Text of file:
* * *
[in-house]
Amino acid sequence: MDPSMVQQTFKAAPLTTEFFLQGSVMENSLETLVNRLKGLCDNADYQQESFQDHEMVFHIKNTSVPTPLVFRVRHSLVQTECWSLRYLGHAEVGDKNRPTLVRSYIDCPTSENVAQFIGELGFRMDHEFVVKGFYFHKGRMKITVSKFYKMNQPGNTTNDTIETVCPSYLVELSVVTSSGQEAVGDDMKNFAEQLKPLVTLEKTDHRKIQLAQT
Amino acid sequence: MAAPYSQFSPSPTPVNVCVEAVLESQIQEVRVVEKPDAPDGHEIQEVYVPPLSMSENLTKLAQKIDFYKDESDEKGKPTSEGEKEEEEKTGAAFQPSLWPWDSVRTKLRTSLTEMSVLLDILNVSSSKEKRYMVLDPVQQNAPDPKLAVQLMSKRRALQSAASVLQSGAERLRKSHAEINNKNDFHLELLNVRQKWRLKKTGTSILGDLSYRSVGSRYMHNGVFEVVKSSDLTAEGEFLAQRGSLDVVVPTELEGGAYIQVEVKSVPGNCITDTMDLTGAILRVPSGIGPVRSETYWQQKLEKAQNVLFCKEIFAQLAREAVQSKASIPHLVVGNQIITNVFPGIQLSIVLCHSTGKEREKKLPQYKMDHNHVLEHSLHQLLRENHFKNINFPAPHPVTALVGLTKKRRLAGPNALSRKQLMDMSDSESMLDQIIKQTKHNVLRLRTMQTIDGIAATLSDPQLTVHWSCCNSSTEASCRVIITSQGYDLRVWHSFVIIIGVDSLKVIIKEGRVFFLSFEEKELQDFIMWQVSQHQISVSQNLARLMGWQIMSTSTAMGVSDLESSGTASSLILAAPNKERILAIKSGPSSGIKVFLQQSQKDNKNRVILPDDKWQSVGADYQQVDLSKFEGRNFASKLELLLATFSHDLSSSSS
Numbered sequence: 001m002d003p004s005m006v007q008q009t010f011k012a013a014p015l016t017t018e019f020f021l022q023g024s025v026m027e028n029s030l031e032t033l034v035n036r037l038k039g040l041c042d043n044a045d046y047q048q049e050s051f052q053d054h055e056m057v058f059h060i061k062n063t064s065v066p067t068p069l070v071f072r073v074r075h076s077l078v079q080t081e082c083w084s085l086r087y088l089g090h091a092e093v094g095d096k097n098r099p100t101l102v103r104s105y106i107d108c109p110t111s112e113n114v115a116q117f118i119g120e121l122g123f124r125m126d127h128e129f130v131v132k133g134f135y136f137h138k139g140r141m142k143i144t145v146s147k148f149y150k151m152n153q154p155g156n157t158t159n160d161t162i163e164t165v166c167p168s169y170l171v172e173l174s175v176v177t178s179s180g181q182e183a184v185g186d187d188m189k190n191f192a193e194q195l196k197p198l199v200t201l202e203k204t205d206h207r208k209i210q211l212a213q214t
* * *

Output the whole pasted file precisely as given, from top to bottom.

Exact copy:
[in-house]
Amino acid sequence: MDPSMVQQTFKAAPLTTEFFLQGSVMENSLETLVNRLKGLCDNADYQQESFQDHEMVFHIKNTSVPTPLVFRVRHSLVQTECWSLRYLGHAEVGDKNRPTLVRSYIDCPTSENVAQFIGELGFRMDHEFVVKGFYFHKGRMKITVSKFYKMNQPGNTTNDTIETVCPSYLVELSVVTSSGQEAVGDDMKNFAEQLKPLVTLEKTDHRKIQLAQT
Amino acid sequence: MAAPYSQFSPSPTPVNVCVEAVLESQIQEVRVVEKPDAPDGHEIQEVYVPPLSMSENLTKLAQKIDFYKDESDEKGKPTSEGEKEEEEKTGAAFQPSLWPWDSVRTKLRTSLTEMSVLLDILNVSSSKEKRYMVLDPVQQNAPDPKLAVQLMSKRRALQSAASVLQSGAERLRKSHAEINNKNDFHLELLNVRQKWRLKKTGTSILGDLSYRSVGSRYMHNGVFEVVKSSDLTAEGEFLAQRGSLDVVVPTELEGGAYIQVEVKSVPGNCITDTMDLTGAILRVPSGIGPVRSETYWQQKLEKAQNVLFCKEIFAQLAREAVQSKASIPHLVVGNQIITNVFPGIQLSIVLCHSTGKEREKKLPQYKMDHNHVLEHSLHQLLRENHFKNINFPAPHPVTALVGLTKKRRLAGPNALSRKQLMDMSDSESMLDQIIKQTKHNVLRLRTMQTIDGIAATLSDPQLTVHWSCCNSSTEASCRVIITSQGYDLRVWHSFVIIIGVDSLKVIIKEGRVFFLSFEEKELQDFIMWQVSQHQISVSQNLARLMGWQIMSTSTAMGVSDLESSGTASSLILAAPNKERILAIKSGPSSGIKVFLQQSQKDNKNRVILPDDKWQSVGADYQQVDLSKFEGRNFASKLELLLATFSHDLSSSSS
Numbered sequence: 001m002d003p004s005m006v007q008q009t010f011k012a013a014p015l016t017t018e019f020f021l022q023g024s025v026m027e028n029s030l031e032t033l034v035n036r037l038k039g040l041c042d043n044a045d046y047q048q049e050s051f052q053d054h055e056m057v058f059h060i061k062n063t064s065v066p067t068p069l070v071f072r073v074r075h076s077l078v079q080t081e082c083w084s085l086r087y088l089g090h091a092e093v094g095d096k097n098r099p100t101l102v103r104s105y106i107d108c109p110t111s112e113n114v115a116q117f118i119g120e121l122g123f124r125m126d127h128e129f130v131v132k133g134f135y136f137h138k139g140r141m142k143i144t145v146s147k148f149y150k151m152n153q154p155g156n157t158t159n160d161t162i163e164t165v166c167p168s169y170l171v172e173l174s175v176v177t178s179s180g181q182e183a184v185g186d187d188m189k190n191f192a193e194q195l196k197p198l199v200t201l202e203k204t205d206h207r208k209i210q211l212a213q214t